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Author Notes: When my husband and I traveled to Paris last summer, we stayed in an apartment on the Rue de Laborde, a mere stone’s throw from bakeries and cafes that served lusciously savory quiches. Every morning, we rose early to buy a few slices for breakfast, returning to the apartment with our treasures so we could eat them quietly on the balcony. Ah, Paris, we miss you and your quiches—small morning miracles.
The reason I chose to invent a quiche with Brussels sprouts is because I truly believe they are the unsung heroes of winter. Lots of people are afraid of them. I used to be as well. Somewhere along the way, I discovered that when sautéed in enough butter, their bitterness completely melts away and you are left with a revelation. Add a couple shallots and suddenly this highly under-appreciated vegetable becomes sweet and aromatic. The small dash of white wine at the end gives a little zing to the layers of leaves. I can almost hear the sprouts dancing with glee in the pan.
Enjoy this quiche at any hour of the day (certainly!), but we especially relish eating it for breakfast. This way we can recall those summer mornings at “the Rue” where we had no worries for a week and nothing more important to think about other than how far to throw open the balcony windows. Bon Appétit! - SharonP
Food52 Review: This is an absolutely delicious quiche. Flakey buttery crust, and a great sweet/nutty/buttery/herby combination with the cheeses, herbs, and of course the Brussels sprouts. I either have a smaller dish or bigger sprouts, because I had more than I could fit into the quiche which was absolutely fine. I ate them while I cleaned and the quiche baked, they are a dish in their own right and I will make them again as a veggie side. I have never made a quiche with a batter before; the flour and baking powder add a loft and support to the quiche giving it a lightness that you don’t see in the usual egg-milk-cheese combo. It’s brilliant and this is how I will make my quiches from now on! - aargersi - aargersi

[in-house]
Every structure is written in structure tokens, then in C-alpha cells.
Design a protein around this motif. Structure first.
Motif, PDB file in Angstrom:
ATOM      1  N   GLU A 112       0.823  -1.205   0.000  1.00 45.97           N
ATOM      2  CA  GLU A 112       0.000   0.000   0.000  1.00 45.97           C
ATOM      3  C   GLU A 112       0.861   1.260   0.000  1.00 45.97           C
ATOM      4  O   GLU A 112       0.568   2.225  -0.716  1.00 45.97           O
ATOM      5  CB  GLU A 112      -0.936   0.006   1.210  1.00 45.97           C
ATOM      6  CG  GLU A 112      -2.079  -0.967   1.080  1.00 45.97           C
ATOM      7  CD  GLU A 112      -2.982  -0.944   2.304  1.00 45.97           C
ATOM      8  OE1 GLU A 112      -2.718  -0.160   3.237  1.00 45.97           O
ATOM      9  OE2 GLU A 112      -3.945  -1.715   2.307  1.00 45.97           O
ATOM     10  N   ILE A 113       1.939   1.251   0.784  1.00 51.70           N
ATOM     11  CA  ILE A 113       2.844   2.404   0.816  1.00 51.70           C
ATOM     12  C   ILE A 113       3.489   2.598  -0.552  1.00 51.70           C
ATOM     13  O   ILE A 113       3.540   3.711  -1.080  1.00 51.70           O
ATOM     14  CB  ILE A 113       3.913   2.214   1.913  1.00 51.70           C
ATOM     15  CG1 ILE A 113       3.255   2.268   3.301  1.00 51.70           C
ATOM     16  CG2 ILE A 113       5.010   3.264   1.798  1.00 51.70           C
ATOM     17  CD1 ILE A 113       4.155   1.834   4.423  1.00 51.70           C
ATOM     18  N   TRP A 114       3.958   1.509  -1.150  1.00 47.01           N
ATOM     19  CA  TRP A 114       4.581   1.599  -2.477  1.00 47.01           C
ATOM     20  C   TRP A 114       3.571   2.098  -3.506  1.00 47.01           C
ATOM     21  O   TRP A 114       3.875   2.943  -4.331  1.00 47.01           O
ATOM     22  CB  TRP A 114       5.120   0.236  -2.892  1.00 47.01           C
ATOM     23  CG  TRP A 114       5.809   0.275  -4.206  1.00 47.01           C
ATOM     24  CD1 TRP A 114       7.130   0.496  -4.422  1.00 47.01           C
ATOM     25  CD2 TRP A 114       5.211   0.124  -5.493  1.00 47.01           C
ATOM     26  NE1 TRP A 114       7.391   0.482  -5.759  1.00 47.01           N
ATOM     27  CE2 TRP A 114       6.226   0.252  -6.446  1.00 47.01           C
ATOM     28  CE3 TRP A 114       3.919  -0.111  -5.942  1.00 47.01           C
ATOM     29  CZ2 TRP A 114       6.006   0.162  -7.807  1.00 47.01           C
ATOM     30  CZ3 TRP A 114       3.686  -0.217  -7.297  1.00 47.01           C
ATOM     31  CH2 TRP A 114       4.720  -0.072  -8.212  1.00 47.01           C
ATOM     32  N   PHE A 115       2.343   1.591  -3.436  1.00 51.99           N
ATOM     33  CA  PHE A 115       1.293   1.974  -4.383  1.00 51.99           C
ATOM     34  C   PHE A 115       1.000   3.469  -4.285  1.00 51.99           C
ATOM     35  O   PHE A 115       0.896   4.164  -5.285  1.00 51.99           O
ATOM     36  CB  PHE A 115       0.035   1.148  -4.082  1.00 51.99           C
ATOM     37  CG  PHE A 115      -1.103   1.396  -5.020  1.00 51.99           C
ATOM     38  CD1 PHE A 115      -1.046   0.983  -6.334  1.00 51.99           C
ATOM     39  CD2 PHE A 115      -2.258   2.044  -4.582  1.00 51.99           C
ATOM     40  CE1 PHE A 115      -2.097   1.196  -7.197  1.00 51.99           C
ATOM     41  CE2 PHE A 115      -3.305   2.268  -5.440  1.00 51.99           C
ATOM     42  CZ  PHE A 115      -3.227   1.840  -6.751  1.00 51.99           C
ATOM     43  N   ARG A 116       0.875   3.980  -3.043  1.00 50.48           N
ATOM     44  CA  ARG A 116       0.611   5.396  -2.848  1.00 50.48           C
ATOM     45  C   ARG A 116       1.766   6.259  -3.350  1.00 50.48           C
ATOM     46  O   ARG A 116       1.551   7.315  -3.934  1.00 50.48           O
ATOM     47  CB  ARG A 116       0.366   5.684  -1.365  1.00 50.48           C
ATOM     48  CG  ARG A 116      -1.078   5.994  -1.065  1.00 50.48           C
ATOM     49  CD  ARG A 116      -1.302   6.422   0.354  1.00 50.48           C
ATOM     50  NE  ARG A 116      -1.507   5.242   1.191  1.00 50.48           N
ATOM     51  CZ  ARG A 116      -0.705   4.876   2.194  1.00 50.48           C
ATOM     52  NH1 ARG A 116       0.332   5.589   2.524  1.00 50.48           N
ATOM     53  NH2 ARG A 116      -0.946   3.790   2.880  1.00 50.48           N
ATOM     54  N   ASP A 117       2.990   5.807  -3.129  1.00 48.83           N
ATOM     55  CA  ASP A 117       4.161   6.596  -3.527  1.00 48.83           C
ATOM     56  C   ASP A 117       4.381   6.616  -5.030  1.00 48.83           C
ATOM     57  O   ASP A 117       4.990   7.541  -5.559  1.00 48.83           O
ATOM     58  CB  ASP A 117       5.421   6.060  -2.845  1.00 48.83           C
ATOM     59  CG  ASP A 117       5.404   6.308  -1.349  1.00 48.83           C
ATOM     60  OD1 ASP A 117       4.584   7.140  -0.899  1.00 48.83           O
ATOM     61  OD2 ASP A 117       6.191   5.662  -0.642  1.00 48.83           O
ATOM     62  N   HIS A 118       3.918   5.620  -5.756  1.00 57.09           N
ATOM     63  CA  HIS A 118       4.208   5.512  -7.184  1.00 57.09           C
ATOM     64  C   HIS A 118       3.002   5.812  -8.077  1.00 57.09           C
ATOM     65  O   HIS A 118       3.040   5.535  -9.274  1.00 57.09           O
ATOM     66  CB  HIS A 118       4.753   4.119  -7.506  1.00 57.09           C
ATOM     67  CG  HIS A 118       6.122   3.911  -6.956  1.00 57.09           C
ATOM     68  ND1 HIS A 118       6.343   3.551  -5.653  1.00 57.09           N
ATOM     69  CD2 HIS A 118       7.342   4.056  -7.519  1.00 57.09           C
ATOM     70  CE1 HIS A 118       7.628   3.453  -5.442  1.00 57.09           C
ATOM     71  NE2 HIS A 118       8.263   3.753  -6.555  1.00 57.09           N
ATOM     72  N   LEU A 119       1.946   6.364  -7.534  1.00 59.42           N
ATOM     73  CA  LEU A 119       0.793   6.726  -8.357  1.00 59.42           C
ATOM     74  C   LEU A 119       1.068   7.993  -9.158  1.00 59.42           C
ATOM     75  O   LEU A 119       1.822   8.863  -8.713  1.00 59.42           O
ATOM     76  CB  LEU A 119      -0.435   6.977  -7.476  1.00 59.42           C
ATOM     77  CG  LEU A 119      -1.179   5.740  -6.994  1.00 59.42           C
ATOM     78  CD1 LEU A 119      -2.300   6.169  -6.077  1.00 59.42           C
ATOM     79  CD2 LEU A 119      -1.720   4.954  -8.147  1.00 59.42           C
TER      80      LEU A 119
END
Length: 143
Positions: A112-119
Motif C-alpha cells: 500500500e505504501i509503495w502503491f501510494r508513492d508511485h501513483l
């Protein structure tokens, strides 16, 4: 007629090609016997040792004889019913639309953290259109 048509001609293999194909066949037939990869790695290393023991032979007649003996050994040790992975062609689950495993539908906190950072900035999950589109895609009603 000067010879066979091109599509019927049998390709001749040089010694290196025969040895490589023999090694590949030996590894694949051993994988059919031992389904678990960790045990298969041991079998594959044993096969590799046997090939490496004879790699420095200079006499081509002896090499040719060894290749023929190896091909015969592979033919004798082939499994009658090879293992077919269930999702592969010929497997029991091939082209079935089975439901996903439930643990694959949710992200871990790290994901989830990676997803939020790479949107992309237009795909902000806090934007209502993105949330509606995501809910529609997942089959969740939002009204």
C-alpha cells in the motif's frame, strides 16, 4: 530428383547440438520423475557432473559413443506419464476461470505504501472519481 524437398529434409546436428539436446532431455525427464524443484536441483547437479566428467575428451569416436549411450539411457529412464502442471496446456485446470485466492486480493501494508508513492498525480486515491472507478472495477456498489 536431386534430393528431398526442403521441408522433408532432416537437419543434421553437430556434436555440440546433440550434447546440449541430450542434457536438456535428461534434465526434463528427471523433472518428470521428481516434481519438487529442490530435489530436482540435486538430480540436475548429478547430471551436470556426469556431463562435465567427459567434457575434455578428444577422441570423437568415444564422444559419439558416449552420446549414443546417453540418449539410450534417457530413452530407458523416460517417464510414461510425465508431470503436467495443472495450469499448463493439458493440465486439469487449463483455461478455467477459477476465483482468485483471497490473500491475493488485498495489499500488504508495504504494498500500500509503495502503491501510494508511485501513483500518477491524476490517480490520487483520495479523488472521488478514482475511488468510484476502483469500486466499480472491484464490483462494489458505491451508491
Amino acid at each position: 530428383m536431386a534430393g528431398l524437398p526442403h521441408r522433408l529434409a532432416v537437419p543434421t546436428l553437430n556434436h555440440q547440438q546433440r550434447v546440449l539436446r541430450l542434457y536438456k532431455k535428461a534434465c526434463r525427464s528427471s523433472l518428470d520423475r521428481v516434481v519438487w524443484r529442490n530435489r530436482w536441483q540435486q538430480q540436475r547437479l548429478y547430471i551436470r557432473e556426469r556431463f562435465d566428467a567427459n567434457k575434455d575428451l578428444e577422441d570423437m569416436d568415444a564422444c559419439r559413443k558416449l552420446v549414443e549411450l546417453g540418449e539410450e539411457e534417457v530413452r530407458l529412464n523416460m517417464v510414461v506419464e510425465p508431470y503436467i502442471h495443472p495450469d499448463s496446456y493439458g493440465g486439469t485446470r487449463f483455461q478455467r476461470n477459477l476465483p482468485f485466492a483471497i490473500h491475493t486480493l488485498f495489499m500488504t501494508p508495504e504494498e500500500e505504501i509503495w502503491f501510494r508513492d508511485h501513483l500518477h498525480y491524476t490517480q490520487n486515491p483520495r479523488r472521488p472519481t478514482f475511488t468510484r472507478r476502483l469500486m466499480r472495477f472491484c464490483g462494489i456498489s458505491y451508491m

For the crust (adapted from Williams Sonoma)
- 1+1/2 cups all-purpose flour
- 1/2 teaspoon salt
- 6 tablespoons cold unsalted butter, cut into small pieces
- 4 tablespoons cold shortening, cut into small pieces
- 5 tablespoons ice water
- In the bowl of a food processor, pulse together the flour, salt, butter, and shortening until the mixture resembles course crumbs. While pulsing, pour the ice water in a stream into the processor until the dough comes together in a ball. You can also do all this by hand with a pastry cutter if you prefer.
- Remove the dough onto a floured board. It will be a bit sticky. With floured hands, form the dough into a disk about 6 inches in diameter. Wrap with cellophane and refrigerate for about 45 minutes.
- After the dough has chilled, remove it from the fridge and place it back on the floured board. Flatten the disk with about 5-6 smacks of a rolling pin. Roll out into a circle about 1/8th of an inch thick and 12 inches in diameter. You should lift the dough a bit as you roll, and sprinkle with more flour if needed to keep it from sticking. Carefully transfer to a tart pan, pressing the dough into the bottom and sides. Fold any overhanging dough back into the sides of the pan to make the edges a bit thicker/sturdier. Place the tart pan in the freezer for about 20 minutes.